While the U.S. Supreme Court has a long history of supporting big business, on January 15, 2019 interstate truck driver contractors received their support. In an 8-0 decision, interstate truck drivers were found to be exempt from the mandatory arbitration clause typically associated with contractors.
In 2002, the New York City Human Rights Law was amended to prohibit discrimination based on a person's "actual or perceived gender." The Guidelines Regarding Gender Identity Discrimination further clarify the purpose and scope of the law, including the protections it provides to transgender people.
Federal and state laws require that certain employers give their employees notification prior to a mass layoff or closing. The law related to this is called the Worker Adjustment and Retraining Notification Act, or WARN, and different states have implemented different versions of the federal legislation.
New York City law and New York State law provide specific protections for tipped workers, but many people who work in the restaurant industry are not fully aware of their rights.
Worker misclassification is a major issue in many employment lawsuits. Often he question is whether the worker should be classified as an employee or an independent contractor. Workers classified as employees are afforded certain protections under the law, including workers' compensation, the minimum wage, overtime pay and the right to organize as a union. Independent contractors are not guaranteed those protections.
The problem of sexual harassment in the workplace has been the subject of many of our blog posts, including this one regarding a potential class-action lawsuit against the U.S. Agriculture Department's Forest Service. Illegal harassment in the workplace is not always sexual, however.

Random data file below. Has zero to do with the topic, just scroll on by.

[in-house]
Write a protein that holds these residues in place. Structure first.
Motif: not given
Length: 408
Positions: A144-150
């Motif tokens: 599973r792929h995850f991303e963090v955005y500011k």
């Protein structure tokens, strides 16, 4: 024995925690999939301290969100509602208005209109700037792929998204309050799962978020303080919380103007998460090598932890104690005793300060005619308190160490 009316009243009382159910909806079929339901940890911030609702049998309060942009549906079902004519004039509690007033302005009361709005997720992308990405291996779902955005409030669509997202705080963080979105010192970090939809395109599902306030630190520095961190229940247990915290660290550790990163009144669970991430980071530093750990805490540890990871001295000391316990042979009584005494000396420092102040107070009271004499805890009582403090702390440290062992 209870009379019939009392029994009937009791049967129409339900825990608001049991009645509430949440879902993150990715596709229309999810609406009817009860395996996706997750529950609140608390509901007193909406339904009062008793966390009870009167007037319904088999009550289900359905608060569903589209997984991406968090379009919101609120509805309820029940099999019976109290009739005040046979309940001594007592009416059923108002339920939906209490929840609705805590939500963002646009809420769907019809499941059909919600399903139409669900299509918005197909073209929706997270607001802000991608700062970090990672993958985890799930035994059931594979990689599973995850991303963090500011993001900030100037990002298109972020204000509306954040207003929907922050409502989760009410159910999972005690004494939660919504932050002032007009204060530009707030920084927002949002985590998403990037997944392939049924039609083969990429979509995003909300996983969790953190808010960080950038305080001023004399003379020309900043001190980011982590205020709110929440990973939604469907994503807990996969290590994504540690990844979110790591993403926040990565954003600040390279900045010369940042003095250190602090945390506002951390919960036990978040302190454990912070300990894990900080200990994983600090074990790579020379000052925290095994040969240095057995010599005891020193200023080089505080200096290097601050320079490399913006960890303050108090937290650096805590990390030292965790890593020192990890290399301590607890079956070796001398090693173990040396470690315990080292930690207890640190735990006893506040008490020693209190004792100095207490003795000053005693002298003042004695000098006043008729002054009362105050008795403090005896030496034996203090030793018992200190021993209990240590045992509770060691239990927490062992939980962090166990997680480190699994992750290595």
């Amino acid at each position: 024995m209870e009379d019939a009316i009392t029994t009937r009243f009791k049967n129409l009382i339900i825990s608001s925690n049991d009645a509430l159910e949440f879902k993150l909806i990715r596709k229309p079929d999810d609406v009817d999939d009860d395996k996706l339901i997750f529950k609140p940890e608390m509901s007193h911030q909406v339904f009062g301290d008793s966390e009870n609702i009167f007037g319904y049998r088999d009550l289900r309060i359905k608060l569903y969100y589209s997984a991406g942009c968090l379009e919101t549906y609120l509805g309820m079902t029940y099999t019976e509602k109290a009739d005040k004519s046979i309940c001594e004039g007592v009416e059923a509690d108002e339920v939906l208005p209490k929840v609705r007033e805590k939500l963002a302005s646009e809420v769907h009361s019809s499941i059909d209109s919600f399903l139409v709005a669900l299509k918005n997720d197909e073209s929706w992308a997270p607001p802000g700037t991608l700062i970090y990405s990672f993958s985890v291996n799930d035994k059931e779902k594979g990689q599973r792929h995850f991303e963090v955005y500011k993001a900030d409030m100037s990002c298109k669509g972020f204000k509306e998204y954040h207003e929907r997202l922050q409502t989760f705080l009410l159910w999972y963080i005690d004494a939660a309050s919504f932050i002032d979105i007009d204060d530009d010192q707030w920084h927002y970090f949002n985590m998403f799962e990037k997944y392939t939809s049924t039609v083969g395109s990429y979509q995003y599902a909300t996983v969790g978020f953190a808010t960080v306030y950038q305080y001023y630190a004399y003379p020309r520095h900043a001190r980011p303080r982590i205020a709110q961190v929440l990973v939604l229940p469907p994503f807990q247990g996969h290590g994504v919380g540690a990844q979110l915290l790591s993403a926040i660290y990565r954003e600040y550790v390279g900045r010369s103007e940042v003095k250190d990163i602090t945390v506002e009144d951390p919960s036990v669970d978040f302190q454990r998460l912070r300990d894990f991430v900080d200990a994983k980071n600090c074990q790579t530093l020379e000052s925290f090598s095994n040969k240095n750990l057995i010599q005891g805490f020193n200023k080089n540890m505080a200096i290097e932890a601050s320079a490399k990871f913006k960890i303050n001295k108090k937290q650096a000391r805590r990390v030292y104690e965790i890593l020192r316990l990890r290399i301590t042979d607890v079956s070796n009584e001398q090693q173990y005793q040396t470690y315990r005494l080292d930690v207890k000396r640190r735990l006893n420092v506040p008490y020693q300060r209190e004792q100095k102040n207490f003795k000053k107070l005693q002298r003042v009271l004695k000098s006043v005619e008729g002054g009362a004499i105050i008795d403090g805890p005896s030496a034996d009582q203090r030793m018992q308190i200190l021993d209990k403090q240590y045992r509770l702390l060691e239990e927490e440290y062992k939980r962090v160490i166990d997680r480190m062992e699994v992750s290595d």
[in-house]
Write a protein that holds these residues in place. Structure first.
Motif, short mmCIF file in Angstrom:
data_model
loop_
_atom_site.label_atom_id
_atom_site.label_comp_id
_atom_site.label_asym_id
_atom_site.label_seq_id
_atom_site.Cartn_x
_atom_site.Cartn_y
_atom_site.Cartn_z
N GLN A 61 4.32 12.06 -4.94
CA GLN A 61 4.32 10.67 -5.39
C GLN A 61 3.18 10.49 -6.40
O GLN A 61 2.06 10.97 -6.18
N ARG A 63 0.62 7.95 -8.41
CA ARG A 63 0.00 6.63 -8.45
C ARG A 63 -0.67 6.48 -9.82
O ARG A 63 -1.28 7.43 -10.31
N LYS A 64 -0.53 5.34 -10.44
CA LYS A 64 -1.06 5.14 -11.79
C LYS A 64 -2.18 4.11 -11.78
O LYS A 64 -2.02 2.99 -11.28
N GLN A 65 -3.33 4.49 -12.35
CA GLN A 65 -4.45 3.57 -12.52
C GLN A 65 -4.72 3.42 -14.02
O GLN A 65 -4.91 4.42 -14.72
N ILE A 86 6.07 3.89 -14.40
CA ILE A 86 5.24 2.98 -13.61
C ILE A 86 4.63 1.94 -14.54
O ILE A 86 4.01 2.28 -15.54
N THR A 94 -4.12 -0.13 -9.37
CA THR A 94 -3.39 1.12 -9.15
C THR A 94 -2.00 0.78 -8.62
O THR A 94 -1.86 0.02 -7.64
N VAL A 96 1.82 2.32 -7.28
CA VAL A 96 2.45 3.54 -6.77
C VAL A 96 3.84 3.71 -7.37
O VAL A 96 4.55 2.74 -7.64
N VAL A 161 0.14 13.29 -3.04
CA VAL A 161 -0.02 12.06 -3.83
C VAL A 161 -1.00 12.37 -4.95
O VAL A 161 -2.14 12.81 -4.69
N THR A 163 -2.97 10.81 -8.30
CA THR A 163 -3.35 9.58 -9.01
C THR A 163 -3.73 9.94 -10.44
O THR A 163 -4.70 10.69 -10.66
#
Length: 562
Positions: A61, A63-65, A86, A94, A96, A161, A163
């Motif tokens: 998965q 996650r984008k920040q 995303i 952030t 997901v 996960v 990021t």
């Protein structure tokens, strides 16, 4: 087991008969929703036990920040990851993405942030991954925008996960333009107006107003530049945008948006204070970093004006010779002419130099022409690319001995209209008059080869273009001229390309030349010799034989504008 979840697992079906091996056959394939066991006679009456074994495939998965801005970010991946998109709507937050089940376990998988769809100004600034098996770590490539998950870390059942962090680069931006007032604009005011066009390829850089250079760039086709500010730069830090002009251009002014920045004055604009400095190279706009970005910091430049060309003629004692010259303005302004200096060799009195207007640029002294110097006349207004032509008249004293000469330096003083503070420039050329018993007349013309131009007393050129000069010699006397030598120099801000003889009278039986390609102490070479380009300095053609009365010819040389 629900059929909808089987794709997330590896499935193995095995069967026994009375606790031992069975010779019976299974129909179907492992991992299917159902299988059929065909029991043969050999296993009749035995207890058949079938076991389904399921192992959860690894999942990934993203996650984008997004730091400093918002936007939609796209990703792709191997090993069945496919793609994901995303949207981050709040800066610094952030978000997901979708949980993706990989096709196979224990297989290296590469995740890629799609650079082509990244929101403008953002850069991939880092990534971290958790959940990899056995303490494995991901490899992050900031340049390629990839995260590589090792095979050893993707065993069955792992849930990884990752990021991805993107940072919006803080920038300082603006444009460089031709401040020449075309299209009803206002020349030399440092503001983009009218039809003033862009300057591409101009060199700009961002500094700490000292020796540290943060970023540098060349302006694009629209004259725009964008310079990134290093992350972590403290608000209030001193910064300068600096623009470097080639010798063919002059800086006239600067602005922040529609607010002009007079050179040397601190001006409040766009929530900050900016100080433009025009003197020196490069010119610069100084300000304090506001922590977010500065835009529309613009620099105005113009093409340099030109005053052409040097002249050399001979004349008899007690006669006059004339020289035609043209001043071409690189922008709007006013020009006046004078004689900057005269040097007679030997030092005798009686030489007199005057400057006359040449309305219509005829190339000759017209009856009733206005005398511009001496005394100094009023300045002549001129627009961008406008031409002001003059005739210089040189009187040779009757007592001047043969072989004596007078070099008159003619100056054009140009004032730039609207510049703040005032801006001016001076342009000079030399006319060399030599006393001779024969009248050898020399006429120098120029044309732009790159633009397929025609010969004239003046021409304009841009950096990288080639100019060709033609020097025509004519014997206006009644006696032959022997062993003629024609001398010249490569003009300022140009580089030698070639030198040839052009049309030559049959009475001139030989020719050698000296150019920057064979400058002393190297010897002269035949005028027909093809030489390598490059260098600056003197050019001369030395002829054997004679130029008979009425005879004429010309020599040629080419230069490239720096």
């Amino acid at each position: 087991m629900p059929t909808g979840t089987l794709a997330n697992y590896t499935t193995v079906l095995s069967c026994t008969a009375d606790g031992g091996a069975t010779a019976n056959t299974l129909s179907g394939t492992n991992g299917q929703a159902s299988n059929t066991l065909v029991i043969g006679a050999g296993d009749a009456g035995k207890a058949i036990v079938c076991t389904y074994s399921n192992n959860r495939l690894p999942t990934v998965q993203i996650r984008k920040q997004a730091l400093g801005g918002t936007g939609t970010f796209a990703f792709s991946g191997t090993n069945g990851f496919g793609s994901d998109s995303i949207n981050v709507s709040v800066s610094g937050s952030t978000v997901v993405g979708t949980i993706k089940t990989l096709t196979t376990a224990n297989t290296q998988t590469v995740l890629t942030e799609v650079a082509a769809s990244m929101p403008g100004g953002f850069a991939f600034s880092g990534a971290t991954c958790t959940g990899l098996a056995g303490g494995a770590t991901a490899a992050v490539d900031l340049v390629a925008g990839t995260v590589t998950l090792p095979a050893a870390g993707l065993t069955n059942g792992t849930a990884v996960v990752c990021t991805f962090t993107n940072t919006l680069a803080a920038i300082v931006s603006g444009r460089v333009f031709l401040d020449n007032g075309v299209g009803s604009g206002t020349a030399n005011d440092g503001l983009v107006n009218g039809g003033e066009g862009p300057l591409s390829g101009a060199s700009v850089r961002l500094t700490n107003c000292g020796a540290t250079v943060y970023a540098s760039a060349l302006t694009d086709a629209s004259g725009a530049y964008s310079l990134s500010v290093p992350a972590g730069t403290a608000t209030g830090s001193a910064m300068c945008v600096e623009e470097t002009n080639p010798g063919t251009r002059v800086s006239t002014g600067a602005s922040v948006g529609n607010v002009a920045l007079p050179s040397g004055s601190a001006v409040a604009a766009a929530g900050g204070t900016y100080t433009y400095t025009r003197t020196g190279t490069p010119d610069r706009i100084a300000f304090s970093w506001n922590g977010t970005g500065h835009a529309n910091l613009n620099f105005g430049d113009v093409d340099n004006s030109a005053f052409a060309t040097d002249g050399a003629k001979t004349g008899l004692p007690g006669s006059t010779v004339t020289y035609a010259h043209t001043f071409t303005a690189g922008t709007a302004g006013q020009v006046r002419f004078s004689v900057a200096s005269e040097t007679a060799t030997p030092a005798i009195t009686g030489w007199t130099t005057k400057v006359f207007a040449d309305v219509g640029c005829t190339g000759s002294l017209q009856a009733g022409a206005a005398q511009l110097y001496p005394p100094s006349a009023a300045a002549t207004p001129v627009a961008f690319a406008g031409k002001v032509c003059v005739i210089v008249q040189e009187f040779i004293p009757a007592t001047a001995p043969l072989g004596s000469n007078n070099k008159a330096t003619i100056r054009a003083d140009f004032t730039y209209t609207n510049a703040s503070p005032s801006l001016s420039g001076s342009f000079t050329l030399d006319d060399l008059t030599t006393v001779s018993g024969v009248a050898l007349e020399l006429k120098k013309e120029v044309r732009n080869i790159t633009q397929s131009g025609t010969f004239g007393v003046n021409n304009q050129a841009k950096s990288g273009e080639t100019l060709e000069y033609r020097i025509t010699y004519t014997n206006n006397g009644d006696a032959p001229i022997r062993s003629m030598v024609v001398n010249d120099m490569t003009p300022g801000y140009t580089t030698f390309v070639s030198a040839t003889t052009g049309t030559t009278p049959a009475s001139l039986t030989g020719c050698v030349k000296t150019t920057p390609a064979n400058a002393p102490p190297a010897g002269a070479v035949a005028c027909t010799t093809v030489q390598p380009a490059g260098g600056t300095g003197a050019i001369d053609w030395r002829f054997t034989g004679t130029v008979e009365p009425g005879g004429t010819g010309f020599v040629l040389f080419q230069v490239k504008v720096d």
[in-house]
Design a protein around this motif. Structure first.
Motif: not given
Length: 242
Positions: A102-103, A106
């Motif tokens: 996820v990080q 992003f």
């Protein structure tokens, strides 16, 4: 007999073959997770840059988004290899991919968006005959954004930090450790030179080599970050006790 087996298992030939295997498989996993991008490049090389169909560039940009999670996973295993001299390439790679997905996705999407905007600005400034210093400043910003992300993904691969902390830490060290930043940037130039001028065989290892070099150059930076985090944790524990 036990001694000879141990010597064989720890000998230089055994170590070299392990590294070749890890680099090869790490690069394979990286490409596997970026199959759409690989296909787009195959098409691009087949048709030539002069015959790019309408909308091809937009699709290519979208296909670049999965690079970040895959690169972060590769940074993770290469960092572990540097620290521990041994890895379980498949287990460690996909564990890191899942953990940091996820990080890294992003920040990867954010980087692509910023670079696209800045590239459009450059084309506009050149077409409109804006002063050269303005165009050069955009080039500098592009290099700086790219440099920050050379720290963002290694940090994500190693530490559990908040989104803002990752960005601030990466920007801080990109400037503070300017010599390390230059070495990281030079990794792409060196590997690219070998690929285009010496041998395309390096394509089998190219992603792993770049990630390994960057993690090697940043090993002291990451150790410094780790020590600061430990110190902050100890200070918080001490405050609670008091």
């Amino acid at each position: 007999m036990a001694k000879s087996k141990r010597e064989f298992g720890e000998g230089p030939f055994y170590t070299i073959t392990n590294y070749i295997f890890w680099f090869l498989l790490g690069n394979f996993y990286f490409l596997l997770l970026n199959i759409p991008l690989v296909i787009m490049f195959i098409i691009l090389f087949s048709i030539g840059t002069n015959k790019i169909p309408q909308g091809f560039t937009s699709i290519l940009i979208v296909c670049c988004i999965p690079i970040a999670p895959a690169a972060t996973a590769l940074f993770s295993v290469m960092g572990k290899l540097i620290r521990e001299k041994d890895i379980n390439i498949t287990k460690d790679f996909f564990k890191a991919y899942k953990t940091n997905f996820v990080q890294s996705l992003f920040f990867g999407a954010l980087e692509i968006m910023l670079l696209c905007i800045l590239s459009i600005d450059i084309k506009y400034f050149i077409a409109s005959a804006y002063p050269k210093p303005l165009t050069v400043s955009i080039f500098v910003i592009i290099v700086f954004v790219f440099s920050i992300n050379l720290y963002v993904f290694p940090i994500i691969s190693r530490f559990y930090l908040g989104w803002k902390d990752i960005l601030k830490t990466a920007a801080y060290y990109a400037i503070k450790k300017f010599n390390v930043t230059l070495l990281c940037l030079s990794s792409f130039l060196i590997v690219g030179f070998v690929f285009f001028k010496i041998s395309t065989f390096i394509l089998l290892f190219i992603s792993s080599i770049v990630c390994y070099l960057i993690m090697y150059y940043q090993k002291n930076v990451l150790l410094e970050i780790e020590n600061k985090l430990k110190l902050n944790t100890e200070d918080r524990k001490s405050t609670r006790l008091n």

Discrimination against pregnant women in the workplace is an ongoing problem that often has to be addressed in a legal capacity to facilitate change for the better. In addition to achieving justice for themselves, pregnant women who speak up about discrimination also help protect other women who could face a similar situation.
To be eligible for benefits under the Family and Medical Leave Act, you have to meet the following requirements:
U.S. employment law has many protections for employees in the workplace. These laws aim to protect an employee from unfair discrimination and unjust treatment, as well as provide some important job-related benefits in the event of a family or medical emergency. The Family Medical Leave Act (FMLA) is one of the laws that has significant importance to a great number of employees throughout New York and the United States. As legal definitions of family relationships continue to change, the reach of the FMLA may soon be extended.
Imagine being told that you must return to work the day after you give birth. Though most people in New York can't imagine an employer saying that, there are no requirements for smaller companies and employers to give their employees any paid or unpaid time off for the birth of a child. According to the Family and Medical Leave Act, only employers with 50 or more employees must give their employees unpaid leave under FMLA. And, yes, you read that right, they are only required to provide unpaid leave.